16. Kenneth I. Wolpin & Petra E. Todd, 2006. "Assessing the Impact of a School Subsidy Program in Mexico: Using a Social Experiment to Validate a Dynamic Behavioral Model of Child Schooling and Fertility," American Economic Review, American Economic Association, vol. 96(5), pages 1384-1417, December.
  17. Collins, William J. & Margo, Robert A., 2000. "Residential segregation and socioeconomic outcomes: When did ghettos go bad?," Economics Letters, Elsevier, vol. 69(2), pages 239-243, November.
  18. Quigley, John M. & Raphael, Steven, 2008. "Neighborhoods, Economic Self-Sufficiency, and the MTO Program," Berkeley Program on Housing and Urban Policy, Working Paper Series qt1nd2t0pw, Berkeley Program on Housing and Urban Policy.
  19. Dionissi Aliprantis & Francisca Richter, 2012. "Local average neighborhood effects from moving to opportunity," Working Paper 1208, Federal Reserve Bank of Cleveland.
  20. Brian A. Jacob, 2004. "Public Housing, Housing Vouchers, and Student Achievement: Evidence from Public Housing Demolitions in Chicago," American Economic Review, American Economic Association, vol. 94(1), pages 233-258, March.
  21. Justine S. Hastings & Jeffrey M. Weinstein, 2008. "Information, School Choice, and Academic Achievement: Evidence from Two Experiments," The Quarterly Journal of Economics, Oxford University Press, vol. 123(4), pages 1373-1414.
  22. Dionissi Aliprantis, 2010. "Redshirting, compulsory schooling laws, and educational attainment," Working Paper 1012, Federal Reserve Bank of Cleveland.
  23. Daniel Hartley, 2010. "Blowing it up and knocking it down: the effect of demolishing high concentration public housing on crime," Working Paper 1022, Federal Reserve Bank of Cleveland, revised 01 Oct 2014.
  24. Donald W. K. Andrews & Marcelo J. Moreira & James H. Stock, 2006. "Optimal Two-Sided Invariant Similar Tests for Instrumental Variables Regression," Econometrica, Econometric Society, vol. 74(3), pages 715-752, 05.
  25. Alejandro Badel, 2010. "Understanding permanent black-white earnings inequality," Working Papers 2010-047, Federal Reserve Bank of St. Louis.
  26. Ludwig, Jens & Miller, Douglas L., 2006. "Does Head Start Improve Children's Life Chances? Evidence from a Regression Discontinuity Design," IZA Discussion Papers 2111, Institute for the Study of Labor (IZA).
  27. James J. Heckman, 2010. "Building Bridges between Structural and Program Evaluation Approaches to Evaluating Policy," Journal of Economic Literature, American Economic Association, vol. 48(2), pages 356-98, June.
  28. Heckman, James J. & Vytlacil, Edward J., 2000. "The relationship between treatment parameters within a latent variable framework," Economics Letters, Elsevier, vol. 66(1), pages 33-39, January.
  29. Julie Berry Cullen & Brian A Jacob & Steven Levitt, 2006. "The Effect of School Choice on Participants: Evidence from Randomized Lotteries," Econometrica, Econometric Society, vol. 74(5), pages 1191-1230, 09.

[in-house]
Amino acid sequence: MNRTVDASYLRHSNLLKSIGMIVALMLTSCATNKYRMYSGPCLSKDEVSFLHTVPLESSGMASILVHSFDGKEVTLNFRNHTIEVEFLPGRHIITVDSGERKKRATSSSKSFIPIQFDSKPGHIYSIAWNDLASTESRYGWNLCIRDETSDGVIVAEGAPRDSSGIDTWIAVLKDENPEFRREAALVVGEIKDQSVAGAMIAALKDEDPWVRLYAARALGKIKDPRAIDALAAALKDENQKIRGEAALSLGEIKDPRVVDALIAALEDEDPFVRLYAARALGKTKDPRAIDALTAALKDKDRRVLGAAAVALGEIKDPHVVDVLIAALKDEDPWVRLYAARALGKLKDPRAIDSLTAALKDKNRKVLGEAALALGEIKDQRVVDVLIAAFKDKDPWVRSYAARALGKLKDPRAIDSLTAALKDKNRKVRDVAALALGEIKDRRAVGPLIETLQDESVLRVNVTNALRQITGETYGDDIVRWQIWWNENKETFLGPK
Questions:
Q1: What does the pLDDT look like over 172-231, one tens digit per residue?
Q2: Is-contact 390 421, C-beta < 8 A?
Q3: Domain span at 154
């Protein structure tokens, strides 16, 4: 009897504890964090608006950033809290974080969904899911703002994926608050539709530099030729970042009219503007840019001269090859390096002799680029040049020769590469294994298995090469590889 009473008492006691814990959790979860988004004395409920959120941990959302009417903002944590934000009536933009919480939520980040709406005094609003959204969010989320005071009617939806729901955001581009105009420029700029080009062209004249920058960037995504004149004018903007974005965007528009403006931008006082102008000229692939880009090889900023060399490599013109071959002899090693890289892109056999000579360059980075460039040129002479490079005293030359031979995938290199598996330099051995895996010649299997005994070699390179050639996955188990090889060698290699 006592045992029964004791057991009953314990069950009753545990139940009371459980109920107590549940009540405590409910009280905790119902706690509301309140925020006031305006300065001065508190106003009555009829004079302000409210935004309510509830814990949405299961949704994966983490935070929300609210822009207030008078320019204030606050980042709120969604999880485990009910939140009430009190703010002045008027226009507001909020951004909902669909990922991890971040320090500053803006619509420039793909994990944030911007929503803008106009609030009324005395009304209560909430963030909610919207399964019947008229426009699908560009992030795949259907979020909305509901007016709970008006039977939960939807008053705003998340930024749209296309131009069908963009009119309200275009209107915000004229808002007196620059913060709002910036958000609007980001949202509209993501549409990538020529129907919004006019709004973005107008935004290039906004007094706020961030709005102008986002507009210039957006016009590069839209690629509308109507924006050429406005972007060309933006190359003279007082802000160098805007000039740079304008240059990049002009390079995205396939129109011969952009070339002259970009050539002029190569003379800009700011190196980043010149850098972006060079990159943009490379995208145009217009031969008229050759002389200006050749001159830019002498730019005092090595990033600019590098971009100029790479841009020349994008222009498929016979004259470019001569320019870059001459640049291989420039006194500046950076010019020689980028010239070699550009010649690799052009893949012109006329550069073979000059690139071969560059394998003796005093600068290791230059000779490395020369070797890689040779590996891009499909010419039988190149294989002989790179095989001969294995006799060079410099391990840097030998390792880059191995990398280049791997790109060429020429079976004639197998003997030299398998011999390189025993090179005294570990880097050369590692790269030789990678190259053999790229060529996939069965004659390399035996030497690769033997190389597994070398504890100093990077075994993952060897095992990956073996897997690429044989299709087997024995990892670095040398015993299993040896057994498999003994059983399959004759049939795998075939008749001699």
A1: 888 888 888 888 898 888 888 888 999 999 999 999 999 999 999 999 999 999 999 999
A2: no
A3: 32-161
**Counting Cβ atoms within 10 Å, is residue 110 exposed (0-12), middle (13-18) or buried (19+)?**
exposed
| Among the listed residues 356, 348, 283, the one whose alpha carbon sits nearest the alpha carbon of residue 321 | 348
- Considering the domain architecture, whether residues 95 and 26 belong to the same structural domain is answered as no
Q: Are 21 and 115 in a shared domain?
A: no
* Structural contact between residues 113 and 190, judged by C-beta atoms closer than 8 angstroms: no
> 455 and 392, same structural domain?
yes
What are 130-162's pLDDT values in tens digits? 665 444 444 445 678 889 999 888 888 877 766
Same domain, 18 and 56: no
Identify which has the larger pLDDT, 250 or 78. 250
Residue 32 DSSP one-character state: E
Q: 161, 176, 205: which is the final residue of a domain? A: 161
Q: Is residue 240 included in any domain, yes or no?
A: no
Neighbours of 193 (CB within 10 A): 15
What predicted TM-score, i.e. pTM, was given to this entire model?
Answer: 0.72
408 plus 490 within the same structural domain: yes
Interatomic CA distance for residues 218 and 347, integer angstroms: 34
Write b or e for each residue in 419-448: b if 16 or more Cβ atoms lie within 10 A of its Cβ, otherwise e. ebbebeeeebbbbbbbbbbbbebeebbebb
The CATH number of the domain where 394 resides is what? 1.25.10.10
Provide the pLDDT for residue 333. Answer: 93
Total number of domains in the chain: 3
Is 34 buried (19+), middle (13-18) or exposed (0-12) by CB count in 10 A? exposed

30. James Heckman, 1997. "Instrumental Variables: A Study of Implicit Behavioral Assumptions Used in Making Program Evaluations," Journal of Human Resources, University of Wisconsin Press, vol. 32(3), pages 441-462.
  31. Sobel, Michael E., 2006. "What Do Randomized Studies of Housing Mobility Demonstrate?: Causal Inference in the Face of Interference," Journal of the American Statistical Association, American Statistical Association, vol. 101, pages 1398-1407, December.
  32. Moreira, Marcelo J., 2009. "Tests with correct size when instruments can be arbitrarily weak," Journal of Econometrics, Elsevier, vol. 152(2), pages 131-140, October.
  33. Heckman, James J, 1996. "Randomization as an Instrumental Variable: Notes," The Review of Economics and Statistics, MIT Press, vol. 78(2), pages 336-41, May.
  34. Luiz M. Cruz & Marcelo J. Moreira, 2005. "On the Validity of Econometric Techniques with Weak Instruments: Inference on Returns to Education Using Compulsory School Attendance Laws," Journal of Human Resources, University of Wisconsin Press, vol. 40(2).
  35. Jens Ludwig & Greg J. Duncan & Paul Hirschfield, 2001. "Urban Poverty and Juvenile Crime: Evidence from a Randomized Housing-Mobility Experiment," The Quarterly Journal of Economics, Oxford University Press, vol. 116(2), pages 655-679.
  36. Aliprantis, Dionissi & Zenker, Mary, 2011. "Concentrated poverty," Economic Commentary, Federal Reserve Bank of Cleveland, issue Dec.
Full references (including those not matched with items on IDEAS)

This item is not listed on Wikipedia, on a reading list or among the top items on IDEAS.

When requesting a correction, please mention this item's handle: RePEc:fip:fedcwp:1122:x:1. See general information about how to correct material in RePEc.

For technical questions regarding this item, or to correct its authors, title, abstract, bibliographic or download information, contact: (4D Library)

If you have authored this item and are not yet registered with RePEc, we encourage you to do it here. This allows to link your profile to this item. It also allows you to accept potential citations to this item that we are uncertain about.

If references are entirely missing, you can add them using this form.

If the full references list an item that is present in RePEc, but the system did not link to it, you can help with this form.

If you know of missing items citing this one, you can help us creating those links by adding the relevant references in the same way as above, for each refering item. If you are a registered author of this item, you may also want to check the "citations" tab in your profile, as there may be some citations waiting for confirmation.

Please note that corrections may take a couple of weeks to filter through the various RePEc services.

This information is provided to you by IDEAS at the Research Division of the Federal Reserve Bank of St. Louis using RePEc data.